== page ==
I know rattling off websites in blog posts are a dime a dozen these days and may not be your cup of tea. But you might want to read and bookmark these sites—you’ll definitely keep coming back to them.
It’s a very short list, so you won’t tire easily reading this, and the sites are more like Position is Everything than Smashing Magazine. (No offense intended; I know that SM does a wide variety of blog posts, not just lists and freebies. I just mean they’re more references than resources, okay?)
Web Design+ contains the solutions to common web standards problems. From choosing a DOCTYPE to implementing CSS hacks, this is a great one-stop-shop for the best practices in web design out there. There are a ton of HTML and CSS cheatsheets out there, but reading them shouldn’t stop there. Refine your markup and stylesheets with the help of this site, free!
When Can I Use…
When can I use… compares support for several web design features according to browser version, from HTML to CSS to SVG to other technologies.
For example: thinking of using CSS3’s rounded corners (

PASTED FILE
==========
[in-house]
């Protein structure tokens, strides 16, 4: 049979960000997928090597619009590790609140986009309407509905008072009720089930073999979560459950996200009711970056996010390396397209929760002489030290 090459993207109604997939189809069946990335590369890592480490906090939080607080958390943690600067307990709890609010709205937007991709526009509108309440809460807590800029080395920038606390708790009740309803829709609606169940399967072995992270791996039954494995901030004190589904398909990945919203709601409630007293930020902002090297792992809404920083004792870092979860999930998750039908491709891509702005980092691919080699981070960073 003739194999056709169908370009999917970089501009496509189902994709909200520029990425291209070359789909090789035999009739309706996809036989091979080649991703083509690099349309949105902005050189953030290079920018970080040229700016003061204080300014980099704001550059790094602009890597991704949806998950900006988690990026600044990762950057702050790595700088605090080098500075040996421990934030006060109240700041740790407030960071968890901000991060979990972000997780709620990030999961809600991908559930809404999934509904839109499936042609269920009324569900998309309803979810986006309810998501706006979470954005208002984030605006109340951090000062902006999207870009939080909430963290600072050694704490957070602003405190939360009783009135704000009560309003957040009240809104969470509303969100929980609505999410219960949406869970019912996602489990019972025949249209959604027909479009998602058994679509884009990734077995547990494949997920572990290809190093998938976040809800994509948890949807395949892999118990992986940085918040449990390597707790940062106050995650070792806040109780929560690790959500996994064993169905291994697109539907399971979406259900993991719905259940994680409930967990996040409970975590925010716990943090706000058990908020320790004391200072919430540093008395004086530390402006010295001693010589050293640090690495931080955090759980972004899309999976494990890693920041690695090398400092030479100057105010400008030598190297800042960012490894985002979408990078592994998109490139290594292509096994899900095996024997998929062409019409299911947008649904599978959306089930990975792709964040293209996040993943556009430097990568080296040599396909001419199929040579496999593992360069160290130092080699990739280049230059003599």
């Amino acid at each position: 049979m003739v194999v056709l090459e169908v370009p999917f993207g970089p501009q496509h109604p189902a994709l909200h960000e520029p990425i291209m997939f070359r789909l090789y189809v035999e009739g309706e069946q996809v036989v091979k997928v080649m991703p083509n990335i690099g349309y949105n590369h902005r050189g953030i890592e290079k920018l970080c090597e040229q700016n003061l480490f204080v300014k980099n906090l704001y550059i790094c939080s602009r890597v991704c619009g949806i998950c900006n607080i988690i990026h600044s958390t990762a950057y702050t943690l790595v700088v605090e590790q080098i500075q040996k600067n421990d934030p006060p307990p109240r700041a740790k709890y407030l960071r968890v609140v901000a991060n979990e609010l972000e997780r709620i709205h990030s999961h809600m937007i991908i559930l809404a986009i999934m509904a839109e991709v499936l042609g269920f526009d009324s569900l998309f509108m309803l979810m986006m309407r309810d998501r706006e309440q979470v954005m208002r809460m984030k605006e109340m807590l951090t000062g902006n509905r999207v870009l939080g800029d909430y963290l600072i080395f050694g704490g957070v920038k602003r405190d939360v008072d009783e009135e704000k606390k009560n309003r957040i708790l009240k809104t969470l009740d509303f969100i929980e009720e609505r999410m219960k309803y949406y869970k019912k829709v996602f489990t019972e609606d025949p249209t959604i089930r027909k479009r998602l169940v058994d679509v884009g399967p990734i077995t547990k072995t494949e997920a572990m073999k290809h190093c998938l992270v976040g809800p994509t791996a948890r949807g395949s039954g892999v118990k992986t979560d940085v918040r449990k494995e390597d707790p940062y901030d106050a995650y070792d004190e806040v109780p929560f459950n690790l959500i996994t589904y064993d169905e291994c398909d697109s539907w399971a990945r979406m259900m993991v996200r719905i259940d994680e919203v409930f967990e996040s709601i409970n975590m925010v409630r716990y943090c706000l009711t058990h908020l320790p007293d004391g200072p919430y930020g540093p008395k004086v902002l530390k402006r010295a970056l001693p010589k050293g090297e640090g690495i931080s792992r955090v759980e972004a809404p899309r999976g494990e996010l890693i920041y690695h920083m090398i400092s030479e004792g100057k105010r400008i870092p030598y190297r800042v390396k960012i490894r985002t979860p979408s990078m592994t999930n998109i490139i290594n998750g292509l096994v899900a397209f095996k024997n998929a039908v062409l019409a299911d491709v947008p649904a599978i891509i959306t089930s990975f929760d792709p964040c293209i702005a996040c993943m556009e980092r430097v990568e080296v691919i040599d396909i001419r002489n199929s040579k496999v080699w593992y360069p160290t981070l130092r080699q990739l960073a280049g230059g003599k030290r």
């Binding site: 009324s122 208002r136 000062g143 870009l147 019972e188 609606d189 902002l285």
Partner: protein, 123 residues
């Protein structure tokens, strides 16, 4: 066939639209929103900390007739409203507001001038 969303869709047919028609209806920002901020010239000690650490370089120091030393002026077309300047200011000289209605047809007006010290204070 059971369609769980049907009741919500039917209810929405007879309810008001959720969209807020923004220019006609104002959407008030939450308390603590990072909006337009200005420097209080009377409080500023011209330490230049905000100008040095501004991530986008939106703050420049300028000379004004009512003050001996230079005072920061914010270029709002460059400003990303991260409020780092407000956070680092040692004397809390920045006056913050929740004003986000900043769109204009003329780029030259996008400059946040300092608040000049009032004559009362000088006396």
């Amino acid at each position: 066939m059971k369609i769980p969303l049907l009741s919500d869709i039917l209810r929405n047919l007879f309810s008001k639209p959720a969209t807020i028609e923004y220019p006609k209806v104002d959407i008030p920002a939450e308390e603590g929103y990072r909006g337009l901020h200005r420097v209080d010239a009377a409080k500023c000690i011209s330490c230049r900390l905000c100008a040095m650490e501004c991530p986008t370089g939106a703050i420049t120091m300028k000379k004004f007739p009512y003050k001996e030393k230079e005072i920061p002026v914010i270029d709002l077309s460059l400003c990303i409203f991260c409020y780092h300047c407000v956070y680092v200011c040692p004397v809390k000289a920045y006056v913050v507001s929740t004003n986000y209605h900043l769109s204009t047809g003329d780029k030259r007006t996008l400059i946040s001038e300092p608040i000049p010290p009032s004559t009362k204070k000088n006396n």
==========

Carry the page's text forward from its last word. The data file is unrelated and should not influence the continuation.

border-radius)? It’s not even available on IE8 and Opera 10 yet. Of course, you don’t have to avoid using them just because the conclusion says “not ready”. It’s still a very useful page for recalling which browser version can support what.
On Having Layout
On having layout demystifies the concept of Internet Explorer’s
hasLayout property. A lot of the IE-related CSS problems that web designers run into are related to
hasLayout, so understanding how it works is essential.
The Ultimate Website Launch Checklist
The Ultimate Website Launch Checklist helps one go over key aspects of a website once it goes live. It’s more for the designer-webmaster hybrid, but regardless of your role in the process it’s a good view of what needs to be done.